Stray Rescue Survives Distemper and Reopens with Sponsored Adoption Fees.

October 30th was one of the most tragic days in the history of Stray Rescue. We were forced to close our doors due to a heartbreaking distemper outbreak. We are thrilled to announce that we are reopening the shelter and are ready to welcome back the dogs living on our city streets into the love and safety of our progressive no-kill shelter.

Thursday 1/19/2017 marked the Grand Re-Opening of Stray Rescue at 2320 Pine St. in St. Louis. There was a ribbon cutting ceremony and champagne toast to celebrate as well as remember the 43 dogs that lost their lives to the disease. 

We have also revised our adoption process to make it easier for the community to adopt, and we will no longer charge an adoption fee.  *Puppies and kittens under 6 months old not included.

Instead, the fee will be sponsored by community businesses. For more information on sponsoring adoption fees, click here.

The reason for this change is to open communication and education with the potential adopter throughout the process. “I want to engage the community so they feel like they are a part of something bigger than themselves,” says Randy Grim, founder of Stray Rescue. Additionally, major renovations will be ongoing as our newest partner, University of Wisconsin’s Dr. Sandra Newberry, guides our team with the latest and best practices in sheltering called “fast-tracking.”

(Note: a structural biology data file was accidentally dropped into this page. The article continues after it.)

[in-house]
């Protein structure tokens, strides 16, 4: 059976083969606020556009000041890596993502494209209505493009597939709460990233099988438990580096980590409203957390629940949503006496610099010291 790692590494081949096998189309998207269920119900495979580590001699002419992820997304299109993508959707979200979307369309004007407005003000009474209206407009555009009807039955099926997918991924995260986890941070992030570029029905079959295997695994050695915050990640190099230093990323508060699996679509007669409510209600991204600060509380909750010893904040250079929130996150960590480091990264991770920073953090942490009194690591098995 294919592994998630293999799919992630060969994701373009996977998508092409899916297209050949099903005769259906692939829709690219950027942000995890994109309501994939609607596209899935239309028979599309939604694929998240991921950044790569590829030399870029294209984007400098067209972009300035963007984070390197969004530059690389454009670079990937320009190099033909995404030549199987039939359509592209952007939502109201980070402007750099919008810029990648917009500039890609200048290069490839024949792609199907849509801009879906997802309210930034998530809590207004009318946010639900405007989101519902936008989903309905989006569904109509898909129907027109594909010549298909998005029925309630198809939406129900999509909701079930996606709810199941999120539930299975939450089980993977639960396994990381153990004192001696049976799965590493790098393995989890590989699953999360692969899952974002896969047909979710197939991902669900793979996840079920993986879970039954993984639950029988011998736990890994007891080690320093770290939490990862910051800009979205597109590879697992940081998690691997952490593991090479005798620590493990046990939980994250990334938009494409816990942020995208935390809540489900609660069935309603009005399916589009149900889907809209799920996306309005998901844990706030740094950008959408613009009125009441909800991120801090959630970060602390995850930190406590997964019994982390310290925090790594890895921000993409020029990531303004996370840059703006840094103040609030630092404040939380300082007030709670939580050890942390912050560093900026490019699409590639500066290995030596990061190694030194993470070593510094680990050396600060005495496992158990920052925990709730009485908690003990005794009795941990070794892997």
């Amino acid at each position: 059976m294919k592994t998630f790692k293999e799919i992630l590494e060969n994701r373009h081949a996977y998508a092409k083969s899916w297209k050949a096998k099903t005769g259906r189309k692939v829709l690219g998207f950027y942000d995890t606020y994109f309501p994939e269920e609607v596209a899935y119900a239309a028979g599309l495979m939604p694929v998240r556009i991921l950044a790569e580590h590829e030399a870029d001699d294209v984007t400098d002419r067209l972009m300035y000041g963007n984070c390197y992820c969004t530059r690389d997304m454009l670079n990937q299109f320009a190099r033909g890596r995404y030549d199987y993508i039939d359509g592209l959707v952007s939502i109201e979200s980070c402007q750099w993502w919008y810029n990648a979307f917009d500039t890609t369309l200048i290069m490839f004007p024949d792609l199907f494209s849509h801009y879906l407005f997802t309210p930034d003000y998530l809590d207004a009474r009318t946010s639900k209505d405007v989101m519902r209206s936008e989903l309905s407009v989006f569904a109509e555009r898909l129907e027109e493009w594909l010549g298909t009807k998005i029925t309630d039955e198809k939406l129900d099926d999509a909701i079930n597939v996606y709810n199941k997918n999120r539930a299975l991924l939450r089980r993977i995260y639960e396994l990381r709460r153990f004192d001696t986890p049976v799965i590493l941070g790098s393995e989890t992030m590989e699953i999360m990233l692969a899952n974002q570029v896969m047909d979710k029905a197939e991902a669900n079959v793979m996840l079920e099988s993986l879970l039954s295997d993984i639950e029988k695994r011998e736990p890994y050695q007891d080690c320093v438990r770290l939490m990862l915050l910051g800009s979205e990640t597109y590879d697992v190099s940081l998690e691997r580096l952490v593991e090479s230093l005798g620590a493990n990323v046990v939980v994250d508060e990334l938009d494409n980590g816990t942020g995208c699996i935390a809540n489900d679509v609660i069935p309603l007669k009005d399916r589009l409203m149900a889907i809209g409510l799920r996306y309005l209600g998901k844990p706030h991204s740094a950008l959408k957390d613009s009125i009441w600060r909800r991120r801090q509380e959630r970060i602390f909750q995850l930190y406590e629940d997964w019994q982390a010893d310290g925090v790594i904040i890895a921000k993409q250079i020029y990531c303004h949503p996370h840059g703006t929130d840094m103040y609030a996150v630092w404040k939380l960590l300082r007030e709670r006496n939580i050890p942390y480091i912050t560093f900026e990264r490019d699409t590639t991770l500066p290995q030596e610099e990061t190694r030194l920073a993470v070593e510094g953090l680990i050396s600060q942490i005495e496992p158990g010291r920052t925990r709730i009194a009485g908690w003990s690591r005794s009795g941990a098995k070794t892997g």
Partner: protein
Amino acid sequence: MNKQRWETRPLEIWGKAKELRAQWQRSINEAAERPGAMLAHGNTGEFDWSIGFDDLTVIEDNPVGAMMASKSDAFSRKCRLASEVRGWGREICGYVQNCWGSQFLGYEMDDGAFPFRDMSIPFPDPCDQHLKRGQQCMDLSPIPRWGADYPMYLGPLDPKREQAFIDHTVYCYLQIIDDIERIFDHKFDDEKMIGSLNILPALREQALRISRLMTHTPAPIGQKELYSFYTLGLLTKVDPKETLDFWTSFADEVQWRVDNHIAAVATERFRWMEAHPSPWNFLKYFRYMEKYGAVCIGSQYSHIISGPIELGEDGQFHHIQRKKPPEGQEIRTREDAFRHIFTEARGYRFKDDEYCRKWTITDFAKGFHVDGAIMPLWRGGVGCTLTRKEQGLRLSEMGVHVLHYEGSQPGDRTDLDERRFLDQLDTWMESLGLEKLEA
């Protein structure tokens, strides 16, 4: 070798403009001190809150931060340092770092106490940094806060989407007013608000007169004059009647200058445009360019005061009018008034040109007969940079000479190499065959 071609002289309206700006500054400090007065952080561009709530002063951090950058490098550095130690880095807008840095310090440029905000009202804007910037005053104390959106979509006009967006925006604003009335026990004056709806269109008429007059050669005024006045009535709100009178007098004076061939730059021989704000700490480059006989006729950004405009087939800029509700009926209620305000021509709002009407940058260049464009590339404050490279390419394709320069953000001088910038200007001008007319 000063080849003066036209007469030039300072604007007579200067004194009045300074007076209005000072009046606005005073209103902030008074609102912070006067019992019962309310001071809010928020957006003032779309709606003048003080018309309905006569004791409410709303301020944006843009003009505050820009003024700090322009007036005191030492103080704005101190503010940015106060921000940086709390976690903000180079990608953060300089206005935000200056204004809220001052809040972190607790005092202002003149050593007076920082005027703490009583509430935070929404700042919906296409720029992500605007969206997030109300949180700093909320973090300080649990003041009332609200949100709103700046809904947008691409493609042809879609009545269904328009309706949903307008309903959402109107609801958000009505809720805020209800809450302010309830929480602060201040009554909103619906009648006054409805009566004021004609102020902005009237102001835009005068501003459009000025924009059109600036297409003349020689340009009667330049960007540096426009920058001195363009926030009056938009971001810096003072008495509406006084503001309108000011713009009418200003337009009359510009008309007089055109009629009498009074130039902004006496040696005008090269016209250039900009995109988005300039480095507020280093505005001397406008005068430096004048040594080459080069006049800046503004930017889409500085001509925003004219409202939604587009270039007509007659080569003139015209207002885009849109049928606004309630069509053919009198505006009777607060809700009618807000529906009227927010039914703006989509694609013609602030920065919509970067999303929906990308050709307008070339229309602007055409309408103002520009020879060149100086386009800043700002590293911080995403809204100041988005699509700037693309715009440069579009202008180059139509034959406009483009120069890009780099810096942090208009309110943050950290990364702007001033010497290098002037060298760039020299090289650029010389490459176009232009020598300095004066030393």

As its name implies, the premise around fast-tracking is to reduce the length of time an animal is in the shelter before being adopted by a loving family. The longer an animal stays in a shelter, the greater the chance he or she will contract a transmittable disease and suffer from stress, and stress often brings on deterioration of behavior, reducing the chance for adoption. Not only that, but as the length of stay increases, it takes a toll on the shelter and its other animals, tying up cage space, staff time, and money to fund food, housing and other needs. Nobody benefits when an animal spends even one unnecessary day in the shelter. It’s a problem that Dr. Sandra Newbury has studied closely.

“In other words, the goal for all animals, from a population management perspective, is to figure out how to move them through the system as efficiently as possible, toward whatever is their appropriate outcome. Fast-tracking … is identifying the easiest ones first, and getting them moving as efficiently as they can toward where they need to go,” Newbury explains.

Dr. Newberry and her staff plan on using Stray Rescue as a teaching shelter for other shelters across the country.

Stray Rescue appeals to the public for their continued financial support in order to raise the $150,000 necessary to replace the current housing in the largest dog care area in the shelter known as “Phase 2.”  With the community’s support, Stray Rescue will continue to be one of the premier animal rescue and shelter organizations in the country. 

“I am excited for our community and our shelter. Our hearts emotionally have been through the ringer, and I can’t express my gratitude enough for such the amazing love and support from our compassionate donors,” says Randy Grim. “I can’t wait to rescue and do my first freedom ride of the year.”

For more information on fast tracking visit https://www.animalsheltering.org/magazine/articles/life-fast-lane

Please donate and help us raise the needed $150,000 to make our shelter the safest shelter possible!

If you prefer to use PayPal, click here:

We are available from 10am - 7pm to take your donation over the phone! Give us a call at 314-771-6121. 

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Animals for Adoption

Border Collie Mix
Terrier mix
Lab/Retriever mix
Terrier mix
Terrier mix
Mixed